Christmas Bread Pudding with Dark Rum Sauce
Every time I make bread pudding, I end up scratching my head and wondering, “Why don't I make this more often?” I usually make bread pudding for the holidays (hey, it’s a classic) but I’m starting to think we should have it all year. It’s so good! I have so many fond memories of filling up on holiday feasts with my family, and many of those memories end with making room for just one more bite of sweet bread pudding. My bread pudding recipe makes a delicious treat with a party of flavors that all get along. I hope you’ll enjoy it as much as we do.
Where does bread pudding come from?
It amazes me how far bread pudding has come considering its humble beginning. Food historians have traced this classic comfort food all the way back to the 11th century, where it was invented by frugal cooks as a way to use up stale, leftover bread. Every crumb was valuable back then! It was a kind of “poor man's pudding” in its early days. But between the heavy cream, dried fruits, and spiced rum, boy does it feel rich to me.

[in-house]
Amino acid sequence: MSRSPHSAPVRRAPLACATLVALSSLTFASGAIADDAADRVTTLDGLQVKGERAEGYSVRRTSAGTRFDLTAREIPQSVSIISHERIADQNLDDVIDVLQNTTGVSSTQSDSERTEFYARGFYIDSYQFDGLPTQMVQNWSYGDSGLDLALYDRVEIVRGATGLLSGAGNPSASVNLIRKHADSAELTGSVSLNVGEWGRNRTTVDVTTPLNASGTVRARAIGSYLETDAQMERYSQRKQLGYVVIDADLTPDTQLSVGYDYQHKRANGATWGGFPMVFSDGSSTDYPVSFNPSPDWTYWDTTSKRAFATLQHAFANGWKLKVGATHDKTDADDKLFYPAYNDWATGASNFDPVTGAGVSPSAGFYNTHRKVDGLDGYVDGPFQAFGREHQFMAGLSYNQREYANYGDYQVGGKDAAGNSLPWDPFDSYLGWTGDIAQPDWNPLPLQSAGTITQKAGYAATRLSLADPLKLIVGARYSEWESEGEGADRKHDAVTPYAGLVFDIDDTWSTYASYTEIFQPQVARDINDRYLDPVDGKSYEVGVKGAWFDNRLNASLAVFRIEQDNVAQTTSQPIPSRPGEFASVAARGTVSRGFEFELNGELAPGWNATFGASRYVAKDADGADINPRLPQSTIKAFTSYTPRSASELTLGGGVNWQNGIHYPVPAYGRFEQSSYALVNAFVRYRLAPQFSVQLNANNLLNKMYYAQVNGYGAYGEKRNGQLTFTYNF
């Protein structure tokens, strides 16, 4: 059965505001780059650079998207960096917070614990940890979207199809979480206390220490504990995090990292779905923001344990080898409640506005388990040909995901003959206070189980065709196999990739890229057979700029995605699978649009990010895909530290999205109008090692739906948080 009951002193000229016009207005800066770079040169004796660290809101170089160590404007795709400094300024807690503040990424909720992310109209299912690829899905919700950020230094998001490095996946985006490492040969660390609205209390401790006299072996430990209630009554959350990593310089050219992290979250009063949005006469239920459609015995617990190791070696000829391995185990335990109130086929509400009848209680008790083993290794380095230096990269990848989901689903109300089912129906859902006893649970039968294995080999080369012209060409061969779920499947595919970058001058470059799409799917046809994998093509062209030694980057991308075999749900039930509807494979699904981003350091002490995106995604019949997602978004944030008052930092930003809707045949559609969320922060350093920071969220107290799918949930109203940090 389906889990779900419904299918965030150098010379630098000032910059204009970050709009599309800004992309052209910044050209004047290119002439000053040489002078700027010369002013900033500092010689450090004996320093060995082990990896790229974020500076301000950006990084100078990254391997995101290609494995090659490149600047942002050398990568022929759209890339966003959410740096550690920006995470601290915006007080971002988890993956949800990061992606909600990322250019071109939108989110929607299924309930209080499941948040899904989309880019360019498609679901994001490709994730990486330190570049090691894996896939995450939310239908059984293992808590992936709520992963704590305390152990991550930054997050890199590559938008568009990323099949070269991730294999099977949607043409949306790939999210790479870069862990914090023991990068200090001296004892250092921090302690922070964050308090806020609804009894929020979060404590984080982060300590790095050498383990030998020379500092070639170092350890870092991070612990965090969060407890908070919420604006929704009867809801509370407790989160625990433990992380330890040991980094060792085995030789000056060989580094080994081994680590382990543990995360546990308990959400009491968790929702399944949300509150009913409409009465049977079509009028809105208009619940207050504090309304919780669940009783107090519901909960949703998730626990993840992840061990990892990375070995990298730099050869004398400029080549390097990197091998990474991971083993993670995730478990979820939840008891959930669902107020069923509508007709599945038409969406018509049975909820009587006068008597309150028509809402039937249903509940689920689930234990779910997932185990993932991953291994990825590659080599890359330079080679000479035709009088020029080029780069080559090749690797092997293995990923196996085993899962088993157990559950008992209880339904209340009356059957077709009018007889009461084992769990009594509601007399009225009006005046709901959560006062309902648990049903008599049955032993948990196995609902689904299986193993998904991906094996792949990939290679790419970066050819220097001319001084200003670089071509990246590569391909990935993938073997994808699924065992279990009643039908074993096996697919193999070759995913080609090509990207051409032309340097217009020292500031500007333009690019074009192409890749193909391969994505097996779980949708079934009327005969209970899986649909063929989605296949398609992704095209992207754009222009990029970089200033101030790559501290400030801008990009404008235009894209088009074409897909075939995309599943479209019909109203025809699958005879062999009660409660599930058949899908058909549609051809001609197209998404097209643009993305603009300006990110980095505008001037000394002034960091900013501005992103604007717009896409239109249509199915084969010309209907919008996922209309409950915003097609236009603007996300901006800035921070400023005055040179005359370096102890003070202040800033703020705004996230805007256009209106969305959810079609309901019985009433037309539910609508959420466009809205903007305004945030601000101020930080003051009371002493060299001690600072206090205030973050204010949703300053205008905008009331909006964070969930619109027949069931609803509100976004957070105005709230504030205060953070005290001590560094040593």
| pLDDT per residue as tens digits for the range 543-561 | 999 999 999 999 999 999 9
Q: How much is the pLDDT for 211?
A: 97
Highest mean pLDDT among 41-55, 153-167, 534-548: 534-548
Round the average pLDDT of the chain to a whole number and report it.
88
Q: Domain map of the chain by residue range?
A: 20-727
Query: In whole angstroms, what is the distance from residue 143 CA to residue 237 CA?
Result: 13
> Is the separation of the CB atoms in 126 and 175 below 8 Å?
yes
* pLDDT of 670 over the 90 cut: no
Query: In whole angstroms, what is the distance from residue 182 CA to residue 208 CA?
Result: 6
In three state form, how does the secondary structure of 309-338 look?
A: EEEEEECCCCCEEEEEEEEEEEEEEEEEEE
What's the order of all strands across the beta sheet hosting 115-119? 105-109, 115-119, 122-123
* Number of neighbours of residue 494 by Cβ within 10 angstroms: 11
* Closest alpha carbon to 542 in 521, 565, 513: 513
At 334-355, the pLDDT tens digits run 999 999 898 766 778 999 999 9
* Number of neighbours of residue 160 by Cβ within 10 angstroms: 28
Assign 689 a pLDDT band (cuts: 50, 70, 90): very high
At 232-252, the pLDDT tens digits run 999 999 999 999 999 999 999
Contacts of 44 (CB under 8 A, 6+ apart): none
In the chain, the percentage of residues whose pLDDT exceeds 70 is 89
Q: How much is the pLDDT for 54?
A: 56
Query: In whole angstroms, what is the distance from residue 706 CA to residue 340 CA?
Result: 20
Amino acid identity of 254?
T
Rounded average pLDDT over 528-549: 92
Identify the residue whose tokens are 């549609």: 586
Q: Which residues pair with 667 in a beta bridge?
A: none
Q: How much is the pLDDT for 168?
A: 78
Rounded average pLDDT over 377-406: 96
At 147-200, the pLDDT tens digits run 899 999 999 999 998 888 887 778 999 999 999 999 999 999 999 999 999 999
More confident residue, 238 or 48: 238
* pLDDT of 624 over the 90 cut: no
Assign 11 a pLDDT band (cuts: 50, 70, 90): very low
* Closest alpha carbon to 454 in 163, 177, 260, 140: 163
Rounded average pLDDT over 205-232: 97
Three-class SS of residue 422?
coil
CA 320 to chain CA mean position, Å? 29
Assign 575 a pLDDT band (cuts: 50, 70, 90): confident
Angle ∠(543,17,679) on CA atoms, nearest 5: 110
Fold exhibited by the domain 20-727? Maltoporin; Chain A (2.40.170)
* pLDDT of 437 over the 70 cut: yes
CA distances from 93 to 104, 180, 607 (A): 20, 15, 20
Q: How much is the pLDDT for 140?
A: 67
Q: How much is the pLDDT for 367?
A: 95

What kind of bread is best for bread pudding?
I like to make my bread pudding with challah. Technically, you can use whatever old bread you have around (steer clear of mold, of course), but I’m kind of a purist on this one. Why? Because challah is special. It’s similar to brioche bread—it has a rich and spongy texture because it’s made with egg yolks. In addition to the satisfying texture, it has complex, tangy honey notes. In a nutshell it’s a little soft, a little sweet, and a whole lot delicious! And that, my friends, is why challah is the best bread to use in your next bread pudding.
What makes my bread pudding so special? It’s all about the dark rum and spices.
Remember that party of flavors I mentioned earlier? Bread pudding might seem like kind of a boring dessert at first glance, but mine truly is bursting with flavor. Different types of dried fruit like cherries and golden raisins add different flavor notes, but I also like to add nutmeg, cinnamon, and fresh orange zest for warmth and brightness.
And that’s not all—the icing on the cake (so to speak) is actually the rum sauce. My rum sauce is inspired by Southern bread pudding recipes. In the south, people really seem to like the extra spice, sweetness, and kick that a hard rum sauce adds. You can use white rum, but I prefer dark. Dark rum often has spices added and is aged which means it has a richer, bolder flavor. My favorite rum to use for this recipe is Captain Morgan’s spiced dark rum. No need to break the bank for something that’s going into a glaze, in my opinion.